The Saudi designer who dresses the stars
He has dressed celebrities like Beyonce or Cardi B, to royalty and millionaire women, but Mohammed Ashi prefers to remain in the shadows to better serve his creations.
“In the 1990s I was the only designer of Saudi Arabia. But he never said he was a Saudi. She wanted the clothes to go in front of me, ”Ashi explained in a rare interview given to AFP in her Paris studio.
It’s partly shyness (she shies away from photographs) but also the fact that Western fashion was taboo in her country for a long time in her youth, especially for women.
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Ashi made a name for himself abroad, first training in the United States, then working for Givenchy and Lebanese couturier Elie Saab, to end up in France.
Saudi Arabia created a commission for the promotion of local fashion in 2020, and asked it to take the reins.
“A few months ago I was publicly asked to speak in Saudi Arabia for the first time, and a lot of people came to see me later. I am achieving recognition among the younger generation that I never would have expected,” he explains.
“They are giving people scholarships to do something that was prohibited in my time. It’s an iconic moment,” she adds.
Voices critical of the Saudi regime believe that this easing of social restrictions is a publicity campaign, intended to hide serious human rights violations.
But there’s no doubt that young creators benefit from that relative openness, like Reem Alsabhan, 27, a designer just opening up. way in the local market.
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“Since I started studying, I have been repeating a phrase that I totally believe, although it surprised people: Riyadh will become one of the most important fashion capitals,” he told AFP in his workshop in the capital.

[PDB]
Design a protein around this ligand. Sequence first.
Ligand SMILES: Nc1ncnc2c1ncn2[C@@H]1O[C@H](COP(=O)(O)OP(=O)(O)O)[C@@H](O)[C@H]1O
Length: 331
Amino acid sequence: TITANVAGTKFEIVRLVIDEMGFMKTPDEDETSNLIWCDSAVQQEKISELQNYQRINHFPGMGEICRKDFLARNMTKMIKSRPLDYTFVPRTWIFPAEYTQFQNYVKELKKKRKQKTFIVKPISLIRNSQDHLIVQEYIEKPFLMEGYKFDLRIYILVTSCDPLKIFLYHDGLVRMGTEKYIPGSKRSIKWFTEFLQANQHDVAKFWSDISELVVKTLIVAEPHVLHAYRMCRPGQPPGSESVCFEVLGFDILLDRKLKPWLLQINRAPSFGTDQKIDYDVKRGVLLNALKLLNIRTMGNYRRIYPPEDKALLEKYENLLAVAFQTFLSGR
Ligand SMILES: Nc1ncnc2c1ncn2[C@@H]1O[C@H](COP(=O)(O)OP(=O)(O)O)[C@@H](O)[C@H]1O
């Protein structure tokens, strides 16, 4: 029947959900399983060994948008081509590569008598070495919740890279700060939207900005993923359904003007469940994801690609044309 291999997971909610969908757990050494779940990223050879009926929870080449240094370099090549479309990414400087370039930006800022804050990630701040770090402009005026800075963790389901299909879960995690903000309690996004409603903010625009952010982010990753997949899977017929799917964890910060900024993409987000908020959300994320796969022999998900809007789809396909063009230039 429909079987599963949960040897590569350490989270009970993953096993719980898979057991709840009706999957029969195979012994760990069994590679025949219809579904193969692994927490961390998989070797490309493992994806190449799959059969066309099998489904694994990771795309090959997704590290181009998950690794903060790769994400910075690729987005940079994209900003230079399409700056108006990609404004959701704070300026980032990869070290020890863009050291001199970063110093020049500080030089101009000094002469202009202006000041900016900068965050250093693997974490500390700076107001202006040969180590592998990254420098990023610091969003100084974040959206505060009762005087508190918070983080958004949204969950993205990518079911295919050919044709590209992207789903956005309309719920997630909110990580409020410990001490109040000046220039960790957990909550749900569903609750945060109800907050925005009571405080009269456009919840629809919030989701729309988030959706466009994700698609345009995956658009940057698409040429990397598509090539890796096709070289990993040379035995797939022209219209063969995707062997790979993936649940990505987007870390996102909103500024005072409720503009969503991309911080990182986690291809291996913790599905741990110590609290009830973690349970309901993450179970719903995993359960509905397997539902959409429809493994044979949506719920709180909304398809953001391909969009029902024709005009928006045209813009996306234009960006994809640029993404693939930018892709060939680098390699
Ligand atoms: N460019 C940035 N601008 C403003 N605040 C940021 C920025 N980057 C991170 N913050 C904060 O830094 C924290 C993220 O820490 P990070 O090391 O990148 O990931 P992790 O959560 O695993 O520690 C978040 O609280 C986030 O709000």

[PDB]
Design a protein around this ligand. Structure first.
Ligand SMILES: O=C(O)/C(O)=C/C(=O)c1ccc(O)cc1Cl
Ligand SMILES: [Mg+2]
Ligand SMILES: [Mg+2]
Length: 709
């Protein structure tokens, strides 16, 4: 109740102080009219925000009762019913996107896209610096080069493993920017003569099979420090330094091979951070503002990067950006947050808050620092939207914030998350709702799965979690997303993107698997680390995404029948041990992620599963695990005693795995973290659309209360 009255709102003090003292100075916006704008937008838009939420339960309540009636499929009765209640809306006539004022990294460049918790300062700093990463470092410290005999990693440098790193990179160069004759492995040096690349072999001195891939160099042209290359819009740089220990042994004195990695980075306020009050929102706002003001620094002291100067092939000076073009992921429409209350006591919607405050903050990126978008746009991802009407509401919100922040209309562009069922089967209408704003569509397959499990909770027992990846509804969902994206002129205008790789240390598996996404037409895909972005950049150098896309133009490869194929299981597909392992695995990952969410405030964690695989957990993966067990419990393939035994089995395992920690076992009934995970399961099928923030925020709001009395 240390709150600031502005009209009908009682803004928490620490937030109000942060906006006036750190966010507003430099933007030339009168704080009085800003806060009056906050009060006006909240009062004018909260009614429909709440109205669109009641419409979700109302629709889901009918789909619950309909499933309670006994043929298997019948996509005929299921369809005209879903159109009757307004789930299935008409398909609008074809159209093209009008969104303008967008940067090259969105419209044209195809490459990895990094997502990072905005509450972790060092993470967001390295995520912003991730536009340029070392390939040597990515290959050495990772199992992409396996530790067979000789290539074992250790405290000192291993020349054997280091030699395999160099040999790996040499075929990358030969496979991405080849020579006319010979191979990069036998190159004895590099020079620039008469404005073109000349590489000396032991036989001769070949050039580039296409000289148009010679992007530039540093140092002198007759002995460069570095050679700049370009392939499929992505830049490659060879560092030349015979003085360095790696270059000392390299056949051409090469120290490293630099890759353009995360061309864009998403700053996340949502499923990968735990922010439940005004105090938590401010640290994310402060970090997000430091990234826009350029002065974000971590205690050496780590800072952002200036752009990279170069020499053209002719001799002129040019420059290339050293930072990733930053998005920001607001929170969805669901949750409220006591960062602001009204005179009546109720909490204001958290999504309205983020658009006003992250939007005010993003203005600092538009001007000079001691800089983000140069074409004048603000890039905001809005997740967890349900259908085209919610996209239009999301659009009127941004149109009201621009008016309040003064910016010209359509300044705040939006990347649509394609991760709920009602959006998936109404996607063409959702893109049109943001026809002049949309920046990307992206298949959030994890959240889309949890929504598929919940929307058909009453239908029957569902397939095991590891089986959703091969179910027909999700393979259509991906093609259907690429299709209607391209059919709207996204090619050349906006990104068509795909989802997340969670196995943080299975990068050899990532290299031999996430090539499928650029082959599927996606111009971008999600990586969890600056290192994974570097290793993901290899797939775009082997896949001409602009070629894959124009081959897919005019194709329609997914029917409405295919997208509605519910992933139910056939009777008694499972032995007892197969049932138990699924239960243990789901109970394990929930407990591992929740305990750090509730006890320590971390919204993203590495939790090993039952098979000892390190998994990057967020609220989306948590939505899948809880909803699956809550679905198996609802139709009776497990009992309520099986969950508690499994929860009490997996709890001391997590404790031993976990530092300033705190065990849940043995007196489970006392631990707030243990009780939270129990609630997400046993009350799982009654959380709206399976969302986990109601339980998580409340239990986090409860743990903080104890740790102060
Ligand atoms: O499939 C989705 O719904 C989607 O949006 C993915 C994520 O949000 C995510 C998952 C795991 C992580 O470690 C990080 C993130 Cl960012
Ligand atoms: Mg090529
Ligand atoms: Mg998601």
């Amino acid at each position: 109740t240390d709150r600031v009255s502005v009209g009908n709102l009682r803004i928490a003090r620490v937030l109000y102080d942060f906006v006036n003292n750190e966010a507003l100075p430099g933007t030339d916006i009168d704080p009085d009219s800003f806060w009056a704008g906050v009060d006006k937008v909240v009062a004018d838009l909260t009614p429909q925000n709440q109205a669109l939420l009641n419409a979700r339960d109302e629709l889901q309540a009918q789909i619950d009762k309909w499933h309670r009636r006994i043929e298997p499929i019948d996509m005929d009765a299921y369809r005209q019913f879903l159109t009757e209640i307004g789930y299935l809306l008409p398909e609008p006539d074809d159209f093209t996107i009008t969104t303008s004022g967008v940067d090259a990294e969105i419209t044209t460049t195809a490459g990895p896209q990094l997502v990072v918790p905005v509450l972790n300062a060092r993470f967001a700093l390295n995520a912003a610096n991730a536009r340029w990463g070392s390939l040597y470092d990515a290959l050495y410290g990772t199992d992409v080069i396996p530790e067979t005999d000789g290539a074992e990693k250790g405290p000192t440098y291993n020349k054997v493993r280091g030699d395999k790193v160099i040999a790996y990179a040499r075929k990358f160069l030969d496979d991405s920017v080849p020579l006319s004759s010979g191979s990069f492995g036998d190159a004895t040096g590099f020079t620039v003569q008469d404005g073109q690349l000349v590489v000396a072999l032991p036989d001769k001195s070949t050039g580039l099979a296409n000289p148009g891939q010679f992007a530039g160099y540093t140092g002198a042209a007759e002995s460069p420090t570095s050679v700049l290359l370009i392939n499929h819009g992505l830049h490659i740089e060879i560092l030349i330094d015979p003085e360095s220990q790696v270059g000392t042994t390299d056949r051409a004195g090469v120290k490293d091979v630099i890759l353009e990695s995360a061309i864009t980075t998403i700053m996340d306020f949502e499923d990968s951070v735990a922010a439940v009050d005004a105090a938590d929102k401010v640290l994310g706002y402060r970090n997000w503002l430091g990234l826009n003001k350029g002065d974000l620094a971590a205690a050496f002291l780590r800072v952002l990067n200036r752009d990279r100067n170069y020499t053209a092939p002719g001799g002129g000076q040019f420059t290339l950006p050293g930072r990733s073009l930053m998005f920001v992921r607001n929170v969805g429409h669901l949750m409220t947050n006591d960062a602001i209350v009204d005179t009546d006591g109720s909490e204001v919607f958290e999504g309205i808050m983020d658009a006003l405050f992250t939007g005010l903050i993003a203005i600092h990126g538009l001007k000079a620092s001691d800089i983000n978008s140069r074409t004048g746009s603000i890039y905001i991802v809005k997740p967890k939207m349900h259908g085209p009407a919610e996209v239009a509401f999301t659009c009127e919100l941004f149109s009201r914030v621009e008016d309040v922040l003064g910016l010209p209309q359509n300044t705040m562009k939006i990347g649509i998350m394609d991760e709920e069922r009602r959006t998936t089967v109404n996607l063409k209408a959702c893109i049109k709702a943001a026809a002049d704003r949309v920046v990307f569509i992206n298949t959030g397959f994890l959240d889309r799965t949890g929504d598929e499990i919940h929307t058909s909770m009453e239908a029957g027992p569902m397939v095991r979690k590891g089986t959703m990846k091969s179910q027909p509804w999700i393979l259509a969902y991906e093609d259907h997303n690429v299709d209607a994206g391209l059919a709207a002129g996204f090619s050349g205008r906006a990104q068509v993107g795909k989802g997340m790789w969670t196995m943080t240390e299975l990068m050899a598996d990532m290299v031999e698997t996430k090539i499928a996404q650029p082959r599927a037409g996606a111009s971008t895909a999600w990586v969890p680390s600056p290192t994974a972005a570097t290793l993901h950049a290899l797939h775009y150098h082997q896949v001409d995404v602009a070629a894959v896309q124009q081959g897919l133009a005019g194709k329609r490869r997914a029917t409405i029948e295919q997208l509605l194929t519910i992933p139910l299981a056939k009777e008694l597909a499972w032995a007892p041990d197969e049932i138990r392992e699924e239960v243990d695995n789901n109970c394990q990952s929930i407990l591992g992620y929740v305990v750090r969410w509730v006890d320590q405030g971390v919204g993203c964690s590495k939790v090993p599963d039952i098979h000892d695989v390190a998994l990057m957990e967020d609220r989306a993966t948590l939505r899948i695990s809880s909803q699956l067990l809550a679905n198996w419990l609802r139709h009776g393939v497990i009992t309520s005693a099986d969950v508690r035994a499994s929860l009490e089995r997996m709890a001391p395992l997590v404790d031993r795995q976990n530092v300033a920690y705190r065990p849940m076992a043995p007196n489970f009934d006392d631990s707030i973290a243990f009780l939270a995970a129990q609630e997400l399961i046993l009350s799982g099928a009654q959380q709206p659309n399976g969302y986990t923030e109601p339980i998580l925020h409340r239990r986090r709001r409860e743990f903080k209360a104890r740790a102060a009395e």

“And those signs of the future are starting to emerge,” he says.
Saudi Arabia now holds public events, such as gala concerts or the brand-new Red Sea Film Festival, where Alsabhan can showcase his creations.
But the foundations of the industry were laid much earlier, says Burak Cakmak, head of the Saudi Fashion Commission.
“Many local creators have built local fashion companies in the last 20, 30 years for the domestic market, but they didn’t feel the need to tell their story abroad – or didn’t dare to do so,” he explained to AFP. “That allowed the system to be built in a controlled way,” he adds.
Money for French Couture
In Ashi’s view, Saudi Arabia has all the ingredients to become a center of the fashion industry, from the time when the oil manna kept major European haute couture firms afloat for decades.
Saudi Arabia buys “60% or 70% of French haute couture,” especially wedding dresses, he explains.
“Most of the big French houses depend on it, but they don’t like to admit it because they don’t want to be seen as just seamstresses – they want to be a brand,” he reveals.
Ashi’s schedule it is a mixture of meetings to prepare the next collection and client visits for the final touches.
The American pop star Beyoncé dazzled with one of her creations in fuchsia at an event dedicated to the memory of the South African leader Nelson Mandela in 2018.
Ashi claims to be a “citizen of the world.”
And showing a detail of one of her dresses, she explains: “The print was made in London, the fabric in Italy, the embroidery in India and the tailoring here in Paris.”
“This dress has had to travel to exist, as it happens to me”, he concludes.
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